Retiring chef who catered to Frank Sinatra closes Glen Ellyn bistro
When you're a chef cooking for movie stars, you've got to master one thing: Improvising.
No matter how much time you've spent slaving over a luxurious meal, a celeb will inevitably send a meal back to the kitchen.
Take Frank Sinatra, who turned away his birthday dinner. On the menu? A perfectly lovely lobster prepared by Michel Saragueta.
But Ol' Blue Eyes just had to have a plain ol' Reuben sandwich.
"It's never been easy because you have to be always ready with no attitude, ready to jump, to please these people, ready to serve them what they want to have," Saragueta says.
The French native had the humility to cater to whatever his famous guests wanted as executive chef at the Beverly Hills Hotel in the 1980s and early 1990s.
Saragueta is now retiring and recently closed his Bistro Monet in downtown Glen Ellyn, where fans savored hearty, traditional French meals for a decade.
"I'm just amazed at his work ethic and his professionalism, and he is just so passionate about what he does," says Susan Mocerino, a board member of the Alliance of Downtown Glen Ellyn who frequently worked with Saragueta.
In an interview Wednesday with the Daily Herald, the 69-year-old looked back on the 56 years he spent cooking around the globe. This is an edited version of the conversation.
Q. Tell us about cooking for some Hollywood legends as executive chef at the Beverly Hills Hotel.
A. Sometimes these people want very simple stuff, but you have to make simple right.
I don't have anything to say about that ... They call you, you jump.
Q. Do you have to be ready for anything when dealing with celebrities?
A. Frank Sinatra was a big issue. We made these beautiful dishes with lobster, filet mignon and all these things ...
And when the maitre d' put his plate in front of him ... he pushes his plate away. "Can I have a Reuben sandwich? I don't want this."
I never put a Reuben sandwich together so fast. Oh ... he was so happy.
Q. You have to accommodate whatever your guest wants?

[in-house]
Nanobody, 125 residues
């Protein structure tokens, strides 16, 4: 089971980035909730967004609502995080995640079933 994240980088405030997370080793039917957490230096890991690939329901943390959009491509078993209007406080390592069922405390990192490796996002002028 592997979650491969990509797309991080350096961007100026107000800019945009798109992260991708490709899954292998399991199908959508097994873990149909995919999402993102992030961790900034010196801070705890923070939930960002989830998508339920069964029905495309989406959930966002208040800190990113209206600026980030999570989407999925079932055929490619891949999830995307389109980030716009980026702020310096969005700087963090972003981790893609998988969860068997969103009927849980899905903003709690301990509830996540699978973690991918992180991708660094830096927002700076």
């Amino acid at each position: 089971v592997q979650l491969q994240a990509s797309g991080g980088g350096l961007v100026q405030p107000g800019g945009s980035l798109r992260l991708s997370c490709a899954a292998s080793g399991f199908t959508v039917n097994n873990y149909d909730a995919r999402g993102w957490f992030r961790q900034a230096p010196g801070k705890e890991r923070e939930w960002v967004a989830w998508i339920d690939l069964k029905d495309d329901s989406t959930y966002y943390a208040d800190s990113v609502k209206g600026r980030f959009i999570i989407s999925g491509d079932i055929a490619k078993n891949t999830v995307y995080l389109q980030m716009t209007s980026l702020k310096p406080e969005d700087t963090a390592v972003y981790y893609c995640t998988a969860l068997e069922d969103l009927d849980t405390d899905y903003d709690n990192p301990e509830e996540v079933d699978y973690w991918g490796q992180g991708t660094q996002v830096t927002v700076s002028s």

A. That is one thing I learned ... that is what I teach my younger people. Attitude is 50 percent of the job. If you have (a bad) attitude, it doesn't matter how nicely you chop the onion or garlic.
I think my mother pushed me on that. I was a little cocky at a young age and she corrected me. And that is what I am passing to the new generation.
Q. When did you know you wanted to become a chef?
A. My mother was a chef. I always was doing some cooking with her. I do my mother's cuisine. It is the cuisine I was doing at the Bistro Monet: cassoulet, coq au vin, pork tenderloin, pork chop -- that was my mother's cuisine. She was doing incredible lobster bisque, onion soup. She was perfect.
And of course, she liked to do the sweetbread. I did that sometime here, but you know not many people order it.
All these things I learned with her, from her, and, of course, when you're a kid like I was at the time, what your mother does is not a big deal. I realized later on in life how good she was.
Q. What about the influences of where you grew up, the French Basque region?
A. Our base has always been onion, garlic, pepper, tomatoes -- all these kinds of ingredients. Lots of lamb. Lots of beef. Lots of stews. But also lots of fresh vegetables.
Q. What will you miss about Bistro Monet?
A. Of course, it's very hard to leave the staff I had. I had a beautiful staff. They are close to me and I am close to them. That is the hardest thing.
Q. What do you think your legacy is as a chef?
A. People having a good time. Yesterday, I was in different places and I saw my old customers. I was in the bank. I was in the store. The guy comes to hug me. It was emotional. They are going to remember that: a good time, good food.